Seriously, I don’t know if I would be aware of anything going on anywhere outside of a 15-foot radius of me if I didn’t use social media as heavily as I do…
Thanks to a facebook status from a Missourian, I became aware of the sweeping storm that caused copious amounts of damage and death in the southern part of the state last night. News reports are likening the state of the town to a post-WWII location, and the photos are just unbelievable. My heart goes out to so many people, and I hope that neighboring areas move quickly to offer assistance and help meet the needs of the residents.
I finished reading a book for 26books last night called Say You’re One of Them, and I’ll use my own words that I’d sent to the person who gave it to me: “My heart hurts. But it was so good in its unrelenting sadness.” I read 350 pages of people hating people, killing people, deceiving people, and instilling fear into those around them for various reasons. I was thankful to have read the book (and to be reminded that the stories in there are based on some people’s realities), but I was also left asking myself why there were not more people who were able to feel for their fellow humans, based on that humanity and nothing more. We spend so much of our lives, our time on earth, making labels and categorizing and stigmatizing to trick ourselves into thinking we’re different. I both went to bed and woke up with an appetite for compassion, empathy, small unexpected acts of solidarity.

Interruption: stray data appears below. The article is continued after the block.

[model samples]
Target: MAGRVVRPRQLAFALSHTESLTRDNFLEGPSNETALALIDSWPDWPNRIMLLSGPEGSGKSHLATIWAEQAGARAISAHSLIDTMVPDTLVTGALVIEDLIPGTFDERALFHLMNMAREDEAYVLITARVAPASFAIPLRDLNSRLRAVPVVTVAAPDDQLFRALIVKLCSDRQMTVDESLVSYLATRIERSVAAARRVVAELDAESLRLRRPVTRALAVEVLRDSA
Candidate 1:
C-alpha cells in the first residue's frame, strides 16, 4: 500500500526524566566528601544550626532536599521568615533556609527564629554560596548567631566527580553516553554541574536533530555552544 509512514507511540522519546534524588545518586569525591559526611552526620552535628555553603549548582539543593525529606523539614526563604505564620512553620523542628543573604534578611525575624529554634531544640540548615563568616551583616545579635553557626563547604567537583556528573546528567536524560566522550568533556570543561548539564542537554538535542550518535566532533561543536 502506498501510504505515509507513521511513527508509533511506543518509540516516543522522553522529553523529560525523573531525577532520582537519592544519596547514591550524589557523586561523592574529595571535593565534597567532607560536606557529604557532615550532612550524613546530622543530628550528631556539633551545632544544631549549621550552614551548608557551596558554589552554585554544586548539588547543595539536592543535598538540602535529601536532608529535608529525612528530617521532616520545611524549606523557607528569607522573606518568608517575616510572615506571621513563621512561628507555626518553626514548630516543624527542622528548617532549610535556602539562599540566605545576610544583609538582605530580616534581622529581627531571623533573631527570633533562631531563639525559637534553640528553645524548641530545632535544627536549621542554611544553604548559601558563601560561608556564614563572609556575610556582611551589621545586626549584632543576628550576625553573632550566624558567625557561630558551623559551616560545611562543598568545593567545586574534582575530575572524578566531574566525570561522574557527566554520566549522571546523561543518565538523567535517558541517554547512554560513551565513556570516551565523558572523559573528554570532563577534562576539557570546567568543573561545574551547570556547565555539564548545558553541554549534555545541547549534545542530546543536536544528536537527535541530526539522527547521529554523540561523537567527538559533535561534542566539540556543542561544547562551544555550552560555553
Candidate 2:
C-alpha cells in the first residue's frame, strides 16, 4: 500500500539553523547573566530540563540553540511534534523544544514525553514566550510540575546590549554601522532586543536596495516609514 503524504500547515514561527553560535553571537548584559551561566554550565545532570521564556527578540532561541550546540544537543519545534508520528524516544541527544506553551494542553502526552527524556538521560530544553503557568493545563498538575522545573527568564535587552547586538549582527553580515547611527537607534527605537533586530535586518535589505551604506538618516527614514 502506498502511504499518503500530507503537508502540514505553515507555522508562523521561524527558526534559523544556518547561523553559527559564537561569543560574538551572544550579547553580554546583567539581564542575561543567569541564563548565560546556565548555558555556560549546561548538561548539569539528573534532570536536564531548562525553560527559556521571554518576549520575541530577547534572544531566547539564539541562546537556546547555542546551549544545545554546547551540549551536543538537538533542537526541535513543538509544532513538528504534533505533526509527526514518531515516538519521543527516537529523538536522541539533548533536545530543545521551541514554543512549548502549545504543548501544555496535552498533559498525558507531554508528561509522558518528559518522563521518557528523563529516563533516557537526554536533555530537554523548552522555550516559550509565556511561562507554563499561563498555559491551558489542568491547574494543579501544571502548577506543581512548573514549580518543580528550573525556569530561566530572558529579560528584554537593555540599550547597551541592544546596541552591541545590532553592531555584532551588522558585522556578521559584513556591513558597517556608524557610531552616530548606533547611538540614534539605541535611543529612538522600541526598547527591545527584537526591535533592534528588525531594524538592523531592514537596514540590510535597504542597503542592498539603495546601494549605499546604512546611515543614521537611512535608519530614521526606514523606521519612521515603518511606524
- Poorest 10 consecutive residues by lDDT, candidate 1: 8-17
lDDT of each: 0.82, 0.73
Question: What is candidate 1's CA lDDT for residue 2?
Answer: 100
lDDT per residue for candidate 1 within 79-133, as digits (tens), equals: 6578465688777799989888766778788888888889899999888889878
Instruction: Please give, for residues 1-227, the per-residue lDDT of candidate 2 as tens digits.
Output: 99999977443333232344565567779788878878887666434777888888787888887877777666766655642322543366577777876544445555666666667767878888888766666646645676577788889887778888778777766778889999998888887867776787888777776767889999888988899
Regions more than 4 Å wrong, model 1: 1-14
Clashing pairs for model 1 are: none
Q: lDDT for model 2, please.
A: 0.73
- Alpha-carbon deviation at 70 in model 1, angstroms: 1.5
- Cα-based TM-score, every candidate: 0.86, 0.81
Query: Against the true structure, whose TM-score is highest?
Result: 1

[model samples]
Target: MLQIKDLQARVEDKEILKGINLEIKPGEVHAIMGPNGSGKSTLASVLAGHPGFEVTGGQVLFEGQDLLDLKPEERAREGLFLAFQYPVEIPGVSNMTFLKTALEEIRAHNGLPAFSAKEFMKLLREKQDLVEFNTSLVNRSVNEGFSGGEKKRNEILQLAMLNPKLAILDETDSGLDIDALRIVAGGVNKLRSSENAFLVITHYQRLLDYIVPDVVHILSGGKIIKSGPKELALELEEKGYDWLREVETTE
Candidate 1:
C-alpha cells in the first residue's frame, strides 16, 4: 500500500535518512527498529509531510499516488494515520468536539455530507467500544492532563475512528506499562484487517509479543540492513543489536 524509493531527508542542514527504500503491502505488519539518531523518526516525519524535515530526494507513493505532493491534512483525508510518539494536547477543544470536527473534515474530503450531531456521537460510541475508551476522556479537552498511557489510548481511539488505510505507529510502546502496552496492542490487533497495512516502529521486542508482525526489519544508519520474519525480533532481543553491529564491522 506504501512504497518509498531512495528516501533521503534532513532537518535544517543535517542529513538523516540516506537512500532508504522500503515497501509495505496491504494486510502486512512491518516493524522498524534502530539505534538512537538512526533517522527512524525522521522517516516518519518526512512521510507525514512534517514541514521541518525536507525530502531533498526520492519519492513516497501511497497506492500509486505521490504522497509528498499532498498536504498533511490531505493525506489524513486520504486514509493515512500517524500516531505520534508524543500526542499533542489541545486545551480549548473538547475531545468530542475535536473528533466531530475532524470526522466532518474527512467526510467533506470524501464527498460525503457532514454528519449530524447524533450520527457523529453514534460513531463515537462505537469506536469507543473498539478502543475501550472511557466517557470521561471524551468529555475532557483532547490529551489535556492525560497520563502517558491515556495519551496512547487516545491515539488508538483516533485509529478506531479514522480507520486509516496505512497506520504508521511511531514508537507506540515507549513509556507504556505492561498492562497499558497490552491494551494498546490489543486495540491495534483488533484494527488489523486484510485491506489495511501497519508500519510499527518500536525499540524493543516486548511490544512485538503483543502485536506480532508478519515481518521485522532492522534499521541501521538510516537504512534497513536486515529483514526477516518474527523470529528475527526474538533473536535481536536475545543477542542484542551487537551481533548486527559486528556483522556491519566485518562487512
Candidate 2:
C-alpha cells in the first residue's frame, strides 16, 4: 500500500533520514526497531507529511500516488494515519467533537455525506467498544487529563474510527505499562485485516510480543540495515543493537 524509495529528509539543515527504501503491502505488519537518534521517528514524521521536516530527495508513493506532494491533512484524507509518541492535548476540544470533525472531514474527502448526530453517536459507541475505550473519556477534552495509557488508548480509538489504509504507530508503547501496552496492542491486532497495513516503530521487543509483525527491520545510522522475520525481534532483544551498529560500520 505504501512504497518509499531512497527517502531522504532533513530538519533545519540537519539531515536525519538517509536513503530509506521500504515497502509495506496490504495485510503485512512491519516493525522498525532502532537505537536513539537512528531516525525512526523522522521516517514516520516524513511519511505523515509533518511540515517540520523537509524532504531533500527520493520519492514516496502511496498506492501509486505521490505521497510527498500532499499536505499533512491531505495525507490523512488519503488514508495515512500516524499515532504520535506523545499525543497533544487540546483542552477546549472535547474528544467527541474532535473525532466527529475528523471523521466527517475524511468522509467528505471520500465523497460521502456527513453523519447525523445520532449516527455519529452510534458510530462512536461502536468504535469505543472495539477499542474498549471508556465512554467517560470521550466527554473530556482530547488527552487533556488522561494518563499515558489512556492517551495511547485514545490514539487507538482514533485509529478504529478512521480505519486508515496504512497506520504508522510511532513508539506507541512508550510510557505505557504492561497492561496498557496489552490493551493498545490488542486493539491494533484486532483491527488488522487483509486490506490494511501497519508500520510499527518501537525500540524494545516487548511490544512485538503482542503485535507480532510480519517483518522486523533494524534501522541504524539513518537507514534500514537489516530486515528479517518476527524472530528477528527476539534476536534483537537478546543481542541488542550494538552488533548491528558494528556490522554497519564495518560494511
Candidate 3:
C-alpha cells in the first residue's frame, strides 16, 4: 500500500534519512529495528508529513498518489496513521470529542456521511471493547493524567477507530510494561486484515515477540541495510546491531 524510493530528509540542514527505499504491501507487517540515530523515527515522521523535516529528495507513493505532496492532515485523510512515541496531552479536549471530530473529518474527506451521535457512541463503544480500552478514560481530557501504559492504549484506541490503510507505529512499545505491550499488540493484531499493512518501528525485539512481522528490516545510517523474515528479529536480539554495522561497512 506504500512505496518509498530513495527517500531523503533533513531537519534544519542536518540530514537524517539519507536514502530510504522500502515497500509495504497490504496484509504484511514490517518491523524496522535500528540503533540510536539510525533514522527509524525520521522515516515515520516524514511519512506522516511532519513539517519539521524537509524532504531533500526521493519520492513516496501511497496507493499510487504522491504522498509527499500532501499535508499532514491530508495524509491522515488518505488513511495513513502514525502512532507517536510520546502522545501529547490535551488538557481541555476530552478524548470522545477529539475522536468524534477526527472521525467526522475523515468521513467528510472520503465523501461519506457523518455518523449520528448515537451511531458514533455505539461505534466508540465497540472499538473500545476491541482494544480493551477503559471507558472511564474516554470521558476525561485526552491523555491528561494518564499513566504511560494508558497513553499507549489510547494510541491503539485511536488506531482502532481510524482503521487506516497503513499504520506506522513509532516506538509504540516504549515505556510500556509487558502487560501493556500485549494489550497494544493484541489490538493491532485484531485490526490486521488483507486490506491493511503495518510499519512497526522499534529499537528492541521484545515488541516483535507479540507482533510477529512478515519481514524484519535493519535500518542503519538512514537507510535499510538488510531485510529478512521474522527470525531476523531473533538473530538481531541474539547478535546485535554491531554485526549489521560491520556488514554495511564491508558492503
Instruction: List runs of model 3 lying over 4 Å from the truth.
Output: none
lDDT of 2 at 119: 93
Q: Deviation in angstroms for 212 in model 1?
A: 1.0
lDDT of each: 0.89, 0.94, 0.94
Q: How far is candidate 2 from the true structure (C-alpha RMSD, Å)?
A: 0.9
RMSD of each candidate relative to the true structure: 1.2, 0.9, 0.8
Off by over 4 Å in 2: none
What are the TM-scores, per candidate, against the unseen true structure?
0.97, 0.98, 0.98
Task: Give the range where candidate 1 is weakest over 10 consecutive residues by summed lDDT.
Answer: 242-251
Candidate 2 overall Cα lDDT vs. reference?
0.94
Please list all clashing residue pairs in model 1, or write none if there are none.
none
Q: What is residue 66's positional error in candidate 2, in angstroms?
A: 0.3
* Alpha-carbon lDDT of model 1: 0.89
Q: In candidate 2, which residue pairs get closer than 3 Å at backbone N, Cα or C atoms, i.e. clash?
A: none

And then, when I went to check the 10-day forecast on weather.com (probably to complain about how 8 out of those 10 days have rain/storms forecasted…which is true), I saw this on the front page:
Video description: “Meteorologist Mike Bettes is overcome as he reports live from Joplin, Missouri. Bettes and his crew arrived on the scene of this devastating tornado less than an hour after it hit.”